• No. More. Stairs. I’m on the first floor and there are no stairs to get into the building. This is amazing!
  • Easy parking. I used to feel stressed out about finding a parking space. Then I would have to carry things from my car, sometimes several blocks, just to get to my building (before dealing with the stairs.) Now the tiny parking lot is by my front door, and I never have to park very far. Bringing in groceries today was so easy.
  • Laundry is now in my unit. The last time I had that was when I lived with my parents. My guess is that laundry won’t be fatiguing anymore.
  • No traffic. I have to do a lot more driving (I can no longer walk to things or take public transportation,) but it’s much less stressful.
  • Less pollution. ‘nuf said.
  • It’s a smaller apartment. There are downsides to that, and I’m not thrilled, but I also know that on the days I’m in too much pain to walk, having a smaller apartment will be super helpful.

In time, I’m sure I will find more ways this move will be beneficial to my health. In the meantime, I’m excited to enjoy these new benefits. Now excuse me while I go unpack some more boxes….


What a difference a year makes

November 25, 2016

Holidays are a good time to reflect. Sometimes it’s because of the holiday itself, but often it’s simply because they stick in our heads. Last year at this time I was…. It’s easy to remember.

Yesterday was Thanksgiving and it made me think about some recent Thanksgivings I’ve had. Some were a real struggle health-wise. Some were tough emotionally. A few were both. And then there was last year.

Last year I was recovering from surgery. I remember being super careful with my poor foot in a cast, making sure no one accidentally tripped over it. And if you’d asked me then where I’d be this year, I’m not quite sure what I’d have said. But I wouldn’t have guessed where I’m actually at.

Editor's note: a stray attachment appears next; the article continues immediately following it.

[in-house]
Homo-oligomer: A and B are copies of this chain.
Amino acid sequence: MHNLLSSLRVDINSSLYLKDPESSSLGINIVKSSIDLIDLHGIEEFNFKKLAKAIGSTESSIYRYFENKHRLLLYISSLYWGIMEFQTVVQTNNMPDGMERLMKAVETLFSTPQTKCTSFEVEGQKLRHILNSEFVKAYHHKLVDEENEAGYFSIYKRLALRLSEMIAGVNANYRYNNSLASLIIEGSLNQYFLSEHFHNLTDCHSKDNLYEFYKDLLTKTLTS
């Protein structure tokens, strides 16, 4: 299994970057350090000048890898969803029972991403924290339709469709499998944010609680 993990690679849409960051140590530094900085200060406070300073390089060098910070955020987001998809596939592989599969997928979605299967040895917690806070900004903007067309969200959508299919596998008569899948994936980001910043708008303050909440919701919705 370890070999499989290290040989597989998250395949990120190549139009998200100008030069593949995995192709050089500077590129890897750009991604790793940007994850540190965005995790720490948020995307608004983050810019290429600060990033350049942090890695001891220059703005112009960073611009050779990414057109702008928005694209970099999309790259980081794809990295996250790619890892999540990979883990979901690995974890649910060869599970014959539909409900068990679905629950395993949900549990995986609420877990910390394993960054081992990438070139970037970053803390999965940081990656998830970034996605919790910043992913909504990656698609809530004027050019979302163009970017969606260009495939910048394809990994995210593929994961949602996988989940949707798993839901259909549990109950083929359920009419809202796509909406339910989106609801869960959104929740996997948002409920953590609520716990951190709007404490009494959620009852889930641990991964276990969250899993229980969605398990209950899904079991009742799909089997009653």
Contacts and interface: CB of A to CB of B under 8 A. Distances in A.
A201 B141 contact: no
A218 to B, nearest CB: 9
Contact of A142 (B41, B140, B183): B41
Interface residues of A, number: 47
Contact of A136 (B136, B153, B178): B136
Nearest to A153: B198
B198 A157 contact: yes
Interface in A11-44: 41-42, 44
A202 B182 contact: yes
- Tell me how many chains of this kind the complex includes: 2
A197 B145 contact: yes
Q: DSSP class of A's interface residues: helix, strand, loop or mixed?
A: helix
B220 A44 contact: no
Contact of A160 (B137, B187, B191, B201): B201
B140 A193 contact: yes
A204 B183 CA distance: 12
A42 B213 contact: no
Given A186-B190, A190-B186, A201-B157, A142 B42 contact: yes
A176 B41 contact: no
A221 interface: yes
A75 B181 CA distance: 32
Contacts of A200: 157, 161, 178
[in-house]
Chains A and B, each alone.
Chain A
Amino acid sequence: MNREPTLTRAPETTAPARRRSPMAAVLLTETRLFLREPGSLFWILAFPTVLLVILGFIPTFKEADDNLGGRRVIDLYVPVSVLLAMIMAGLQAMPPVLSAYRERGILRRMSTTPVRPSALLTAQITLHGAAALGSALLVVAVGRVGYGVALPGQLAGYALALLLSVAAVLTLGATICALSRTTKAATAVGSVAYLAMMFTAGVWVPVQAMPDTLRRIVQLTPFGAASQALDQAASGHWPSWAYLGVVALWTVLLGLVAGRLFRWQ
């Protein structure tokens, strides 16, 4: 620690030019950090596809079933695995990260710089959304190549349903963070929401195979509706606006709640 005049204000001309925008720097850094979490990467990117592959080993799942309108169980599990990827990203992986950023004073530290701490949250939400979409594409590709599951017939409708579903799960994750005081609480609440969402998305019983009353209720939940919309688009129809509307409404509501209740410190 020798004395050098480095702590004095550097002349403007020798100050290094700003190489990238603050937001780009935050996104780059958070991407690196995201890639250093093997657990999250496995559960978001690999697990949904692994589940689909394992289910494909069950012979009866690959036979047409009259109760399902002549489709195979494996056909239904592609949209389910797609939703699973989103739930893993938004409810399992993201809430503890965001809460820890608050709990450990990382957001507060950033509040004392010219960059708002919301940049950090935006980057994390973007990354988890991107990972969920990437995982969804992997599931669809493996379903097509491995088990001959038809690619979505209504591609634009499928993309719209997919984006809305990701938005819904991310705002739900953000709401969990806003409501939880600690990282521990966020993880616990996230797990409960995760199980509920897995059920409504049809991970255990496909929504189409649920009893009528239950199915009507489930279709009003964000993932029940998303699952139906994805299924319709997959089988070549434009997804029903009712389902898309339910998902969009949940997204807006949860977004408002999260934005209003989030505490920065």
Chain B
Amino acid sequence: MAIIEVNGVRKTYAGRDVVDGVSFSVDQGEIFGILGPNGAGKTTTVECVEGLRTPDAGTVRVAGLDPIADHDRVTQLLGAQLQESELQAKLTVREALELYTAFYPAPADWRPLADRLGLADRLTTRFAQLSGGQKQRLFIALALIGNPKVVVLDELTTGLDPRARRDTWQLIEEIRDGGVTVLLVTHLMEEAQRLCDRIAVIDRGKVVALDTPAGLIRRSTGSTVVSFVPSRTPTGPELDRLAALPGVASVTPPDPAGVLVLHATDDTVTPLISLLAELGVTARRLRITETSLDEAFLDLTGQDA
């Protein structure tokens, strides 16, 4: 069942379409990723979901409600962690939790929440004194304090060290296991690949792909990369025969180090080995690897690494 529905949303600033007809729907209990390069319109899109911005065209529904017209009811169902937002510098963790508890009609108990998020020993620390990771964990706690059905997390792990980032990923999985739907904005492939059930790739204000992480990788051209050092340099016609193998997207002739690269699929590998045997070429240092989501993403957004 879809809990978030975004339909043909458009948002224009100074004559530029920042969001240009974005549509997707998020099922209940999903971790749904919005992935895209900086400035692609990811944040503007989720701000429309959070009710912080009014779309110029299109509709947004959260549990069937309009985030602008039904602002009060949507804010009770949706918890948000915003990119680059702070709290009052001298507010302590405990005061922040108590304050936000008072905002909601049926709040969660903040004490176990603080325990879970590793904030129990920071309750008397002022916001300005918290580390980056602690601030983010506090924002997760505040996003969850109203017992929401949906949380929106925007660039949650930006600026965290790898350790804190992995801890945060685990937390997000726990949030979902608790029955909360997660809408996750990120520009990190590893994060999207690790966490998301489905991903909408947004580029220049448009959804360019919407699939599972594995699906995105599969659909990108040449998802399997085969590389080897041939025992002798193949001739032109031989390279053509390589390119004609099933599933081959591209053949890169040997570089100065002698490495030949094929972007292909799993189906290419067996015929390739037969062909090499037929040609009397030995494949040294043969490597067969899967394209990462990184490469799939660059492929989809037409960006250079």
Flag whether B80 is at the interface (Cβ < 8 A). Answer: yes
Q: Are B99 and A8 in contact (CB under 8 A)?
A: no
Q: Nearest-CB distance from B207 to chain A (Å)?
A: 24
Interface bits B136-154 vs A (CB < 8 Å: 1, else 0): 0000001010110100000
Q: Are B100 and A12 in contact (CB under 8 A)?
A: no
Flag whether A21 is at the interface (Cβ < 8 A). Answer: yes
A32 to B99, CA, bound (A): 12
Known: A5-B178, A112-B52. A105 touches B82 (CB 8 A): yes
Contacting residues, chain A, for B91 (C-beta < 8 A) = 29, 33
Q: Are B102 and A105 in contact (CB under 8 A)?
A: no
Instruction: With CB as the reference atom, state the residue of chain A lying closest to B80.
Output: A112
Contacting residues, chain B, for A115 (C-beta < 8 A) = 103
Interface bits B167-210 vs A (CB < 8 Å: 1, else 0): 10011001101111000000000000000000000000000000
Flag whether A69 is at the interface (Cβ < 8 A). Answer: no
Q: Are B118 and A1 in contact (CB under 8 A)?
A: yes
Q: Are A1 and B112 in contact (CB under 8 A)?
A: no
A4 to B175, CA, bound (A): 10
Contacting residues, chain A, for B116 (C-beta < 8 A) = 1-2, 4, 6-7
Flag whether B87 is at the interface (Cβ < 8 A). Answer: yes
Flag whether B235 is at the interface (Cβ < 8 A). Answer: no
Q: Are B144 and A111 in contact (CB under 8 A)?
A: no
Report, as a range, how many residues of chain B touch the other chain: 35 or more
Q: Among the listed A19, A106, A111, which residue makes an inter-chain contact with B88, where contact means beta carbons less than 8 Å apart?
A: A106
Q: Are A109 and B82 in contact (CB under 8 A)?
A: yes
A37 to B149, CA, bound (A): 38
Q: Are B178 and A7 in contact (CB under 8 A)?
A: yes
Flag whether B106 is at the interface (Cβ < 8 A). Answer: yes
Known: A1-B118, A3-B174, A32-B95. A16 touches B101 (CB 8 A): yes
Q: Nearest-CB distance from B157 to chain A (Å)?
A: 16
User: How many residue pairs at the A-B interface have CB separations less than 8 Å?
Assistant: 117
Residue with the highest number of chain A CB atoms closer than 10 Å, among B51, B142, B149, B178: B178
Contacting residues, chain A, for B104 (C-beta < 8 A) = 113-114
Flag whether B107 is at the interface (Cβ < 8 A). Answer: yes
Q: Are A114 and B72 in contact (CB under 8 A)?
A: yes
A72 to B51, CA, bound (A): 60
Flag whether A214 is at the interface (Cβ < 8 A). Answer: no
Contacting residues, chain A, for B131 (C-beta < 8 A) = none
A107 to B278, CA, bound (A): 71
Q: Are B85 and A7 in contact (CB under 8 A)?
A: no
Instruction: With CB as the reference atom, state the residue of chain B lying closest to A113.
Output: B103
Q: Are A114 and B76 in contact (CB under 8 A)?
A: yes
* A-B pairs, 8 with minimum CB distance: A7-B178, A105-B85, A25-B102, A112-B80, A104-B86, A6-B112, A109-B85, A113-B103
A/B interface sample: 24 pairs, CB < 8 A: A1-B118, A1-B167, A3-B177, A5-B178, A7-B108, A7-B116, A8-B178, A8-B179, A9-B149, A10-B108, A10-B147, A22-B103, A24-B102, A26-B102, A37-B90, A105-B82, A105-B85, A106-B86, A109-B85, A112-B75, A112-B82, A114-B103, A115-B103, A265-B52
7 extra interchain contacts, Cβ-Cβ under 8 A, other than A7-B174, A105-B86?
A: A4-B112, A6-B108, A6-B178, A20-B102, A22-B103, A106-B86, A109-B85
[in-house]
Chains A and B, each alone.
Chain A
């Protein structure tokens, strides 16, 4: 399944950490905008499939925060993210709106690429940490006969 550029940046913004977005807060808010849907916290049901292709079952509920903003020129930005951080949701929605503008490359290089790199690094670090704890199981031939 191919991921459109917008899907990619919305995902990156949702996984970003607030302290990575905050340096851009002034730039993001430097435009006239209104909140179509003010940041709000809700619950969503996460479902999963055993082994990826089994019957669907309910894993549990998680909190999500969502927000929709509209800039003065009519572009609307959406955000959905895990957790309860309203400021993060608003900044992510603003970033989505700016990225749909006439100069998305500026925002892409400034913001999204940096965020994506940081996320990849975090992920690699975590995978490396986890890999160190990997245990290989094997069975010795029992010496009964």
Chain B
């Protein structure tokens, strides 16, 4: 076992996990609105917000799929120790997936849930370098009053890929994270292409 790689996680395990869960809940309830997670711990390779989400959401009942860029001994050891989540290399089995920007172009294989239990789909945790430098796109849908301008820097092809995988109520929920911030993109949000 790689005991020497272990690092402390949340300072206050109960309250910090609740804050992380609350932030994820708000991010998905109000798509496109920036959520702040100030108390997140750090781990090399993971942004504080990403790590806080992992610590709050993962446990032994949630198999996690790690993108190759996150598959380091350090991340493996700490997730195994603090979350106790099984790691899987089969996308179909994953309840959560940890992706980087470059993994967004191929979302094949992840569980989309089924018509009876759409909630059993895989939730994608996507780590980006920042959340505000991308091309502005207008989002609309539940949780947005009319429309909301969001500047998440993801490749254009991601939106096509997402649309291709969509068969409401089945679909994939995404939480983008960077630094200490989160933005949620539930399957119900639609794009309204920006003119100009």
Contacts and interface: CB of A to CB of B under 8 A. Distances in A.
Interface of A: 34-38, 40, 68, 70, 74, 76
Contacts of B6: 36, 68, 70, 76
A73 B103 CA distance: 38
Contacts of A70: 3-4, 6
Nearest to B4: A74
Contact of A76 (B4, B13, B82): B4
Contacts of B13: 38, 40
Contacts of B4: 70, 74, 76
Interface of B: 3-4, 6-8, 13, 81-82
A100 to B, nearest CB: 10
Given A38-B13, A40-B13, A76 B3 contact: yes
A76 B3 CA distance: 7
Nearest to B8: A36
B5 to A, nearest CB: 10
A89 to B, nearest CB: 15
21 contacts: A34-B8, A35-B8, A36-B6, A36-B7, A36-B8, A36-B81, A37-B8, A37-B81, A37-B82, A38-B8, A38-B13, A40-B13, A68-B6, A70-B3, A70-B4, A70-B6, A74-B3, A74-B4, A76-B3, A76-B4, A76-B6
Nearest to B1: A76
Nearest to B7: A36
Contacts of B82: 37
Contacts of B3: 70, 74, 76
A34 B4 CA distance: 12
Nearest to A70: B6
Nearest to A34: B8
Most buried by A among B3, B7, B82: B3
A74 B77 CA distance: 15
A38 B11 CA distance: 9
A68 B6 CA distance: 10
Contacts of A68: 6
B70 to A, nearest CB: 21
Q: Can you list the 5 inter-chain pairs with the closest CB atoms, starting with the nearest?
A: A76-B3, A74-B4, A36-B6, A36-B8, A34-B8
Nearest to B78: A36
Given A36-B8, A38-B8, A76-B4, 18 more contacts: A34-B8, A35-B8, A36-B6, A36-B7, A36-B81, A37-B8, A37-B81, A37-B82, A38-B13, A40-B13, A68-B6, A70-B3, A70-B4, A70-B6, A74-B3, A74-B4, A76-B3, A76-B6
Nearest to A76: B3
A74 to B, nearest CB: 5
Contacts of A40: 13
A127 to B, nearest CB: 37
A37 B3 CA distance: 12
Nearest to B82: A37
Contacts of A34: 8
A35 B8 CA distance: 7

I’m still recovering from that surgery. I thought I’d be long healed by now, but I still have some pain. I saw the doctor today and it looks like I’m still healing properly, just very slowly. Oh well.

I’m getting ready to move! I thought that by now I’d have received my Section 8 voucher and I’d be moving into a crappy place in a not-so-desirable area. I wasn’t sure when it would happen, but they’d led me to believe it would be soon. Instead, I still haven’t received the voucher (they’re still saying it will be “soon” but I no longer believe them), and I’m moving into a kick-ass apartment! Last Thanksgiving I was still months away from discovering the affordable housing programs that would let me live in a really nice place for less rent than I’m paying now. And when I do finally get that voucher, it should apply to my new apartment – yay!

Tomorrow I’m participating in a craft fair for the first time. Last Thanksgiving I had only recently learned that I could sell my kinds of crafts in the fall and winter. I was so excited! Because summer is no time to sell hats and scarves, and because I feel shitty all summer long, too. But fall and winter are perfect! Plus, I’ll get the Christmas shoppers coming by my booth. Last year I thought about participating, but I felt that I couldn’t manage a really long day (9am-3pm!) at a craft fair. I’m still not so sure that it’s a good idea, but this year I feel well enough to try!

Last year I’d seen some improvement to my health but I had plateaued. Now I still feel like I’ve plateaued, but I’m doing better than I was last year. So even though the changes were small, they definitely happened!

Last Thanksgiving I was just starting to create a business. Now I’m still working on the same business but I have a slightly different business plan. I’ve come farther than I’d have expected with it, even though it’s not bringing in any money yet. But I have confidence that it will!

Over the last year I unexpectedly saw an old friendship end and I surprisingly saw a couple of newer ones blossom.

Last year I was incredibly single. This year I still am. Ok, some things don’t change much.

All of this makes me wonder about next year. What will I be doing by next Thanksgiving? How will I be feeling? I can’t wait to find out!

Do you ever look back on where you were a year ago? How are you feeling about it?